The port has announced ambitious decarbonisation targets to deliver future success
The Port of Dover has unveiled three ambitious targets that it says will put it at the vanguard of decarbonisation within the UK ports industry.
Its plans, announced today (3 May), will help position Britain as a global leader in delivering one of the key COP26 commitments following the UK government’s hosting of the global climate summit last November, the port said.
Unveiling its targets during a visit to the port by Maritime Minister Robert Courts, the port said it aims to further reduce its Scope 1 and 2 carbon emissions (direct and indirect green house gas emissions) by sourcing alternative fuels, using renewable energy where possible, electrifying the port’s landside fleet, encouraging cycling to and from work, and offsetting emissions through natural or economical means. It has set a target to be carbon net zero scope 1 and 2 by 2025.
The port added that it aims to go one step further and be carbon net zero scope 1,2 and 3 (which typically covers all emissions the organisation is indirectly responsible for, up and down its value chain) by 2030.
And finally, the port said its third target is to become the world’s first high-volume Green Shipping Corridor.
”We are working with the wider port and local community, supply chain, customers and ports sharing the short strait corridor to detemine and target collective carbon zero ambitions towards creating a Green Corridor beyond 2030,” the port said in a statement.
Handling £144 billion of trade, the Port of Dover provides almost 60 per cent of all ferry journeys between the UK and Europe that carry around one-third of all HGVs using major UK seaports.
It is also a leading UK cruise and cargo port, and work across the business has already seen Dover reduce its carbon footprint by an impressive 85 per cent since 2007, port authorities said.
Port of Dover chief executive Doug Bannister said: ”Dover is located at a critical intersection where global trade routes meet the primary gateway between the UK and its main trading partner, the EU.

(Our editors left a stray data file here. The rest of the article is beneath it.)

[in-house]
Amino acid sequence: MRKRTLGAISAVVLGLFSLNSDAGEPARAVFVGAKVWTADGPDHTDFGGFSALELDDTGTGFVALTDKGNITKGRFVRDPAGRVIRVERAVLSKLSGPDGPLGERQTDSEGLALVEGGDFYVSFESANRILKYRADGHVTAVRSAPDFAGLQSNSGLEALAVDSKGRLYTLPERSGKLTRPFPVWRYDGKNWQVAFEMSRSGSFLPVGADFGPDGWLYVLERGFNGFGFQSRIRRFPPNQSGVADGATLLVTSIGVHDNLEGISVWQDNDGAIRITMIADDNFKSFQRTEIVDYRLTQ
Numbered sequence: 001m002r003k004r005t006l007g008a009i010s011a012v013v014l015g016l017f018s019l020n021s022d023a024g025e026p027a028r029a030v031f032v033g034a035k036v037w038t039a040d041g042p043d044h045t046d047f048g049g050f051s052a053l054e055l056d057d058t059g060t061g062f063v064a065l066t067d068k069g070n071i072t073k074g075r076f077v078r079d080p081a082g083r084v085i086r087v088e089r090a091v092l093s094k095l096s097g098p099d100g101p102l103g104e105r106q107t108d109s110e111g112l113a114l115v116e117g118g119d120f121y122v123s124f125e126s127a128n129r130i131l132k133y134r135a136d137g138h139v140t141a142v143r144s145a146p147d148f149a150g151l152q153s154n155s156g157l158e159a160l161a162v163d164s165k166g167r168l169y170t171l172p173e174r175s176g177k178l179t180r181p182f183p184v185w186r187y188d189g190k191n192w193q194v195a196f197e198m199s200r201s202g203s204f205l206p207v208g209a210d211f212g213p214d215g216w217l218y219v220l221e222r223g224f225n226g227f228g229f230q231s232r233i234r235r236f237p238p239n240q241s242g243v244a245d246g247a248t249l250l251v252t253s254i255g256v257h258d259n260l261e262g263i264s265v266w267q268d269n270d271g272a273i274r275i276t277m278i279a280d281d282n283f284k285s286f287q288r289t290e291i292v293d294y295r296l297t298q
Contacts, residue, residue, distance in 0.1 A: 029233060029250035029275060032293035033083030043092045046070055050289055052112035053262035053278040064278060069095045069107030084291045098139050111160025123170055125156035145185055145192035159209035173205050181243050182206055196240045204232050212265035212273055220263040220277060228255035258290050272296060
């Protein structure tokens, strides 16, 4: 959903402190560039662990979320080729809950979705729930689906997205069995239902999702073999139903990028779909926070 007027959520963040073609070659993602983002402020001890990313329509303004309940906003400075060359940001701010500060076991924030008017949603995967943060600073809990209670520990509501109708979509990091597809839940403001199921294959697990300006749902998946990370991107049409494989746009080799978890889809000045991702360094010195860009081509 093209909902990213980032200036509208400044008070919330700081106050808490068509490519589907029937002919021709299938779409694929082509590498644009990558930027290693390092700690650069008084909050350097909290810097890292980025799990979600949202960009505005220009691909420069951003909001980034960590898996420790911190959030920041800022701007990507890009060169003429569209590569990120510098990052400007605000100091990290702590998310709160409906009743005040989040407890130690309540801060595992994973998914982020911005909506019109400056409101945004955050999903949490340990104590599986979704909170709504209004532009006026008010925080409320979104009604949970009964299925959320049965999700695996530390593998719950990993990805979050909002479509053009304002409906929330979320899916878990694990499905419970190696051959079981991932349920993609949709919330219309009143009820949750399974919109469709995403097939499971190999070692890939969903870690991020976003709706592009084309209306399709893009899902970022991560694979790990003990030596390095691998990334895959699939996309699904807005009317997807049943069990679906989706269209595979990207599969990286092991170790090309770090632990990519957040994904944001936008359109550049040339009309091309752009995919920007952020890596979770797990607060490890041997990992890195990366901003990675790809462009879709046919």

”Having the fastest transit times and the most frequent services situated next to the world’s busiest shipping lane, we already lead the way in how much activity takes place here. We can and must, therefore, also lead the way by delivering a profound improvement in the overall carbon footprint of UK supply chains, which we can do much faster because of our geographic advantage.”
He added that market commitment to the route shows that trade through the Port of Dover is set to grow in the years ahead, and so Dover’s commitment will also help deliver on the Government’s ambition for clean maritime growth as part of the Department for Transport’s flagship Maritime 2050 strategy, the Clean Maritime Plan and the Clydebank Declaration announced in Glasgow at COP26.
Commenting on the Port of Dover’s target announcement, Maritime Minister Robert Courts MP said: “I welcome the Port of Dover’s commitment to champion the crucial journey to decarbonisation. The challenging targets demonstrate the leading role Dover wishes to take in delivering our Clean Maritime Plan and ensuring Britain remains at the forefront of the maritime industry in tackling this global issue.”
The port added that it is committed to continual improvement and is working towards zero harm from its own activities, including zero injuries, zero waste to landfill, zero pollution events and zero single use plastics, among others.